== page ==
Small-for-Gestational-Age Infants and Risk of Fetal Death

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					PERSPECTIVE                                                                              Bone Loss after Cardiac Transplantation


                creases osteoclast apoptosis and reduces the over-           Shane et al. report a nonsignificant trend toward
                all number of active osteoclasts, thereby reducing       fewer fractures in the treatment groups; the study,
                bone resorption. Alendronate may also reduce the         however, was limited both by its small size and by
                frequency with which new units are activated. These      the lack of randomized controls, so this observa-
                effects have been well documented in postmeno-           tion is of unclear import. Although one may spec-
                pausal women with osteoporosis. In addition, alen-       ulate that combination treatment with calcitriol and
                dronate may prolong the survival of osteoblasts.         a bisphosphonate might confer an additive skele-
                    Calcitriol therapy, which has also been investi-     tal benefit, it is important to conduct further stud-
                gated in postmenopausal women with osteopo-              ies in order to assess this possibility. Ultimately,
                rosis, reduces bone resorption at low doses but          post-transplantation immunosuppressive proto-
                increases bone resorption at higher doses. The de-       cols that minimize the use of glucocorticoids, cal-
                crease in resorption occurs through an indirect          cineurin inhibitors, and other medications that have
                mechanism: the reduction of the circulating para-        adverse effects on the skeleton will go a long way
                thyroid hormone level, as was seen in the study by       toward reducing the prevalence of fractures after
                Shane et al. The primary effect of calcitriol is the     cardiac transplantation.
                stimulation of intestinal calcium absorption —
                hence the requirement to control and monitor cal-        From the Regional Bone Center, Helen Hayes Hospital, West Hav-
                cium excretion.                                          erstraw, N.Y.




Small-for-Gestational-Age Infants and Risk of Fetal Death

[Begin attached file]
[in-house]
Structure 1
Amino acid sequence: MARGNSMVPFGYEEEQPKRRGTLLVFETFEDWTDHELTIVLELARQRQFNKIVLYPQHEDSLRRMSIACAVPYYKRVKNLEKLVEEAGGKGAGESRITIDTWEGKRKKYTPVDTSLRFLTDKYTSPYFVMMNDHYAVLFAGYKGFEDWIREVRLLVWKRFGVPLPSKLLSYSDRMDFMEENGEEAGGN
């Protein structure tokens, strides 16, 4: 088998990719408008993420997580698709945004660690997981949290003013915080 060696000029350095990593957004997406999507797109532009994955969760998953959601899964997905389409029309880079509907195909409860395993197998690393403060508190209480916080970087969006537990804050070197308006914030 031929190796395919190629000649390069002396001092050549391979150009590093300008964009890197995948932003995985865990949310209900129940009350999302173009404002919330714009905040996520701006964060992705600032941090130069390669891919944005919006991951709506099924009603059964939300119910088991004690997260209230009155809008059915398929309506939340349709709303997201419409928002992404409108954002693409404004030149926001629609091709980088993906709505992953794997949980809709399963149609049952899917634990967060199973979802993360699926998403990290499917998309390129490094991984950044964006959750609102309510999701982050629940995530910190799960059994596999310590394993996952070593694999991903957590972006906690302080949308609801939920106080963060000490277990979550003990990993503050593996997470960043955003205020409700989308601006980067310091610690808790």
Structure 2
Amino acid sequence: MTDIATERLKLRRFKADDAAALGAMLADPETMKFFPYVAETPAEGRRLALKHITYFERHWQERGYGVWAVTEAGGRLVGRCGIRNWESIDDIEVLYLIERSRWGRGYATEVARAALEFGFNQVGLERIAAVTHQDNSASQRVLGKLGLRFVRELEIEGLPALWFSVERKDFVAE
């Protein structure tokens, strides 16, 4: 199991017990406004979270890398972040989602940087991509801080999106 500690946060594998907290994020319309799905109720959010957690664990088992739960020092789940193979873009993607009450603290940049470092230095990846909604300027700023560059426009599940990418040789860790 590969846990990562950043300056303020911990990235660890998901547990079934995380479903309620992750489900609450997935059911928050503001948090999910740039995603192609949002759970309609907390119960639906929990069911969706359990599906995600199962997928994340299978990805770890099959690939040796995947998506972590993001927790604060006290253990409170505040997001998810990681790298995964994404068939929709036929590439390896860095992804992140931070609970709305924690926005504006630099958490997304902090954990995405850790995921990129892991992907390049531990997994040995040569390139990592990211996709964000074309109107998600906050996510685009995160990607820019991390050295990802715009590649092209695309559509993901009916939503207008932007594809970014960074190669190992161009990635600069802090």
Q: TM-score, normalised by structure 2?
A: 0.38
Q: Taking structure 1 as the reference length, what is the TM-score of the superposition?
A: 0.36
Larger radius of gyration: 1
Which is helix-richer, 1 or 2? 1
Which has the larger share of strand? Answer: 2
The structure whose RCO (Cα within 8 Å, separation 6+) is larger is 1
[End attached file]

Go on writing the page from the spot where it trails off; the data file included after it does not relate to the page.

in Subsequent Pregnancies
Jun Zhang, Ph.D., M.D., and Mark A. Klebanoff, M.D., M.P.H.


                One of the triumphs of modern obstetrics has been        Register to demonstrate that women whose first
                the dramatic reduction in late fetal mortality (de-      infant was severely small for its gestational age had
                fined as the rate of antepartum or intrapartum fetal     a significantly higher risk of late fetal death at 28 or
                death at 20 weeks of gestation or later) in the devel-   more weeks of gestation in the subsequent preg-
                oped world during the second half of the 20th cen-       nancy than women whose first infant was not small
                tury. The reduction can be attributed to better access   for gestational age. The increased risk was further
                to vastly improved antepartum and intrapartum            amplified if the first delivery was also preterm. For
                care; improved antepartum fetal surveillance; the        example, as compared with women with a first de-
                virtual elimination of Rh isoimmunization; and the       livery at term of an infant that was not small for
                revolution in neonatal care that enabled obstetri-       gestational age, women who had a first delivery
                cians to deliver a fetus, particularly one remote from   at term of an infant that was small for gestational
                term, when its health was in jeopardy. The fetal         age had twice the risk of subsequent fetal death.
                mortality rate in the United States decreased from       The odds ratio increased to 3.4 if the first delivery
                18.4 per 1000 total births in 1950 to 6.7 per 1000       was also moderately preterm (occurring at 32 to 36
                births in 2000. However, the pace of the decrease        weeks of gestation) and to 5.0 if the first delivery
                has slowed substantially during the past 20 years.       occurred before 32 weeks of gestation. Surkan et al.
                The number of fetal deaths is now equal to the num-      defined an infant that was “small for gestational
                ber of infant deaths in the United States. The psy-      age” as one with a birth weight that was more than